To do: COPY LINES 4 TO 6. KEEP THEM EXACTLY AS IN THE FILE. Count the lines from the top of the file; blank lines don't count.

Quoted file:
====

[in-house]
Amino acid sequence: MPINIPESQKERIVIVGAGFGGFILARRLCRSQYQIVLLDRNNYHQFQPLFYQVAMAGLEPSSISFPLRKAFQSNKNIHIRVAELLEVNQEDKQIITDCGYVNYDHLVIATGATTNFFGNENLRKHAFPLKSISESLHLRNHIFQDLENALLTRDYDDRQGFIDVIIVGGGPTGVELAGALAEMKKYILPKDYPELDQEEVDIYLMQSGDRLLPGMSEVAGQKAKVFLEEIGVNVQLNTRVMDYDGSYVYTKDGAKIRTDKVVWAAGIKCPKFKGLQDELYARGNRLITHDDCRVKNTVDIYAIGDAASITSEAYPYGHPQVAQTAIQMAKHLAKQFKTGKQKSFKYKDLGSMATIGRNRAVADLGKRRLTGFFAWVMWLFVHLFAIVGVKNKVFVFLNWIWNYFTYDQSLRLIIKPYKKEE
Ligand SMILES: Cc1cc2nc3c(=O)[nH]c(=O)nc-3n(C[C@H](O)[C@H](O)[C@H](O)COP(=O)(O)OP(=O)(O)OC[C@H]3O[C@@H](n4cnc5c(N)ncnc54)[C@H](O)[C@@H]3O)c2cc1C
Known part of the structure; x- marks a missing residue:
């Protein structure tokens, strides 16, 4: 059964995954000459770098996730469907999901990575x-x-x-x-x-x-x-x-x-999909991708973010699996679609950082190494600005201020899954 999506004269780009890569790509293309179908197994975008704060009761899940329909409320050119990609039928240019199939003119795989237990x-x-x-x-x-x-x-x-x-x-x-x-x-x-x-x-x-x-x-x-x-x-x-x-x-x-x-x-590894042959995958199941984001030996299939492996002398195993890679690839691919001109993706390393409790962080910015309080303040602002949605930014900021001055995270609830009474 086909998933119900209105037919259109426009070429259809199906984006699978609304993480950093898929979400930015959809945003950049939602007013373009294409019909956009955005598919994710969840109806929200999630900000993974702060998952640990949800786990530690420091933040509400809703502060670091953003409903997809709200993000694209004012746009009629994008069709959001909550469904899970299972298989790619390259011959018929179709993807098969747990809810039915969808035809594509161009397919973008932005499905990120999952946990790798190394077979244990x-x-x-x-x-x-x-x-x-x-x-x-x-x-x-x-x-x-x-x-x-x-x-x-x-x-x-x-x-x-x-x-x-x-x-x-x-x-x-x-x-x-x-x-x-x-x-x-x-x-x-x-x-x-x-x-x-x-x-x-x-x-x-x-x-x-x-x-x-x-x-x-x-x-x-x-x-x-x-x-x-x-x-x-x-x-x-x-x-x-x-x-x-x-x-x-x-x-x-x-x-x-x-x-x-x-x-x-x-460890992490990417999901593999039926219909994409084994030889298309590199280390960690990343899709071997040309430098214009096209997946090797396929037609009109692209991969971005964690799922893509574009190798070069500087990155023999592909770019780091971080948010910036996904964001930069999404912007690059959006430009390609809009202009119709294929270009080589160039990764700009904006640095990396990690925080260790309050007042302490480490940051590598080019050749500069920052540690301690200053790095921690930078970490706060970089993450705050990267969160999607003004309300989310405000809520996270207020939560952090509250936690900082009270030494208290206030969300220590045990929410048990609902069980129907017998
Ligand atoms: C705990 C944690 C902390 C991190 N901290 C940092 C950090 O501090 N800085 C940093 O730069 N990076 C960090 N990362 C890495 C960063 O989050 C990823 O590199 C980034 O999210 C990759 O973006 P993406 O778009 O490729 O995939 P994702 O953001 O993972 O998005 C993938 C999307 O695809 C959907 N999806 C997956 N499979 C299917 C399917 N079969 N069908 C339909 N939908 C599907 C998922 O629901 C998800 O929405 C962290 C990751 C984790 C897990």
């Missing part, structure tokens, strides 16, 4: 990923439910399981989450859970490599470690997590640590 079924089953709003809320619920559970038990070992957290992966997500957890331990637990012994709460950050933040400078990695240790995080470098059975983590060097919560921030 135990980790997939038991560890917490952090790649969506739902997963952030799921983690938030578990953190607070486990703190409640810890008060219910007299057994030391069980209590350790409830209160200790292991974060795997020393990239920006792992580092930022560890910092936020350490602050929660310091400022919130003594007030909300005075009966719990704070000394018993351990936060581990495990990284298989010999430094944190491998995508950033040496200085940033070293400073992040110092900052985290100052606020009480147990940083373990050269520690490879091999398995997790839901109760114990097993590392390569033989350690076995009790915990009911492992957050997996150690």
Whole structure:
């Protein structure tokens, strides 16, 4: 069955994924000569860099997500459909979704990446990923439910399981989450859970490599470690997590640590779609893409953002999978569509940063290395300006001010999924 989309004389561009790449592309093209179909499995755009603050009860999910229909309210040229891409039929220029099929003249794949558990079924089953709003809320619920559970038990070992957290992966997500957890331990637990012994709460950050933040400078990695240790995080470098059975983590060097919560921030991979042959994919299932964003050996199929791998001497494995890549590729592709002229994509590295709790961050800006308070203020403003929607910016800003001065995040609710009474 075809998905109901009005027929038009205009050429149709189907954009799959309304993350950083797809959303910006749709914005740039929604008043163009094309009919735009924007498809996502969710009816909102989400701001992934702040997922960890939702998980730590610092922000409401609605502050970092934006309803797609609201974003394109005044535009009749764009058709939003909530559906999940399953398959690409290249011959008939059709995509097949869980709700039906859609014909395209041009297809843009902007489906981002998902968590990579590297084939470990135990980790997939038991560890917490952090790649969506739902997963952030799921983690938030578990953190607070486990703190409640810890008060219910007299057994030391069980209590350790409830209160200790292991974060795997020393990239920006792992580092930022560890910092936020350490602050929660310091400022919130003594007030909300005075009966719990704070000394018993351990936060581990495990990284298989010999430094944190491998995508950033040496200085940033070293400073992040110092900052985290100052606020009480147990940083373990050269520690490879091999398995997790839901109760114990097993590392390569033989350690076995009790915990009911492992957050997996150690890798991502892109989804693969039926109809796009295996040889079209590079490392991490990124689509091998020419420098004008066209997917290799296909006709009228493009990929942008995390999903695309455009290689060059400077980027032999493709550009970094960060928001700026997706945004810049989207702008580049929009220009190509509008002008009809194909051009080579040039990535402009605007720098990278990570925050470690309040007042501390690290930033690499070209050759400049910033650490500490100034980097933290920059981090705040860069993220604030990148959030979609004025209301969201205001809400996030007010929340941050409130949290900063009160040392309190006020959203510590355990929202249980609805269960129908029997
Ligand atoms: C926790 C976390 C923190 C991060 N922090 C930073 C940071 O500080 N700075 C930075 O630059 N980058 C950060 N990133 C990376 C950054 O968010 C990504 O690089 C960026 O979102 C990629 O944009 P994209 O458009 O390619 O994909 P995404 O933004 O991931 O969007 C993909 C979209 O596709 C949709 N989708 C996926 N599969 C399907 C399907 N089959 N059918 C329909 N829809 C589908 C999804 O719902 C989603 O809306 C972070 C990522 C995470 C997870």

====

Known part of the structure; x- marks a missing residue:
């Protein structure tokens, strides 16, 4: 059964995954000459770098996730469907999901990575x-x-x-x-x-x-x-x-x-999909991708973010699996679609950082190494600005201020899954 999506004269780009890569790509293309179908197994975008704060009761899940329909409320050119990609039928240019199939003119795989237990x-x-x-x-x-x-x-x-x-x-x-x-x-x-x-x-x-x-x-x-x-x-x-x-x-x-x-x-590894042959995958199941984001030996299939492996002398195993890679690839691919001109993706390393409790962080910015309080303040602002949605930014900021001055995270609830009474 086909998933119900209105037919259109426009070429259809199906984006699978609304993480950093898929979400930015959809945003950049939602007013373009294409019909956009955005598919994710969840109806929200999630900000993974702060998952640990949800786990530690420091933040509400809703502060670091953003409903997809709200993000694209004012746009009629994008069709959001909550469904899970299972298989790619390259011959018929179709993807098969747990809810039915969808035809594509161009397919973008932005499905990120999952946990790798190394077979244990x-x-x-x-x-x-x-x-x-x-x-x-x-x-x-x-x-x-x-x-x-x-x-x-x-x-x-x-x-x-x-x-x-x-x-x-x-x-x-x-x-x-x-x-x-x-x-x-x-x-x-x-x-x-x-x-x-x-x-x-x-x-x-x-x-x-x-x-x-x-x-x-x-x-x-x-x-x-x-x-x-x-x-x-x-x-x-x-x-x-x-x-x-x-x-x-x-x-x-x-x-x-x-x-x-x-x-x-x-460890992490990417999901593999039926219909994409084994030889298309590199280390960690990343899709071997040309430098214009096209997946090797396929037609009109692209991969971005964690799922893509574009190798070069500087990155023999592909770019780091971080948010910036996904964001930069999404912007690059959006430009390609809009202009119709294929270009080589160039990764700009904006640095990396990690925080260790309050007042302490480490940051590598080019050749500069920052540690301690200053790095921690930078970490706060970089993450705050990267969160999607003004309300989310405000809520996270207020939560952090509250936690900082009270030494208290206030969300220590045990929410048990609902069980129907017998
Ligand atoms: C705990 C944690 C902390 C991190 N901290 C940092 C950090 O501090 N800085 C940093 O730069 N990076 C960090 N990362 C890495 C960063 O989050 C990823 O590199 C980034 O999210 C990759 O973006 P993406 O778009 O490729 O995939 P994702 O953001 O993972 O998005 C993938 C999307 O695809 C959907 N999806 C997956 N499979 C299917 C399917 N079969 N069908 C339909 N939908 C599907 C998922 O629901 C998800 O929405 C962290 C990751 C984790 C897990």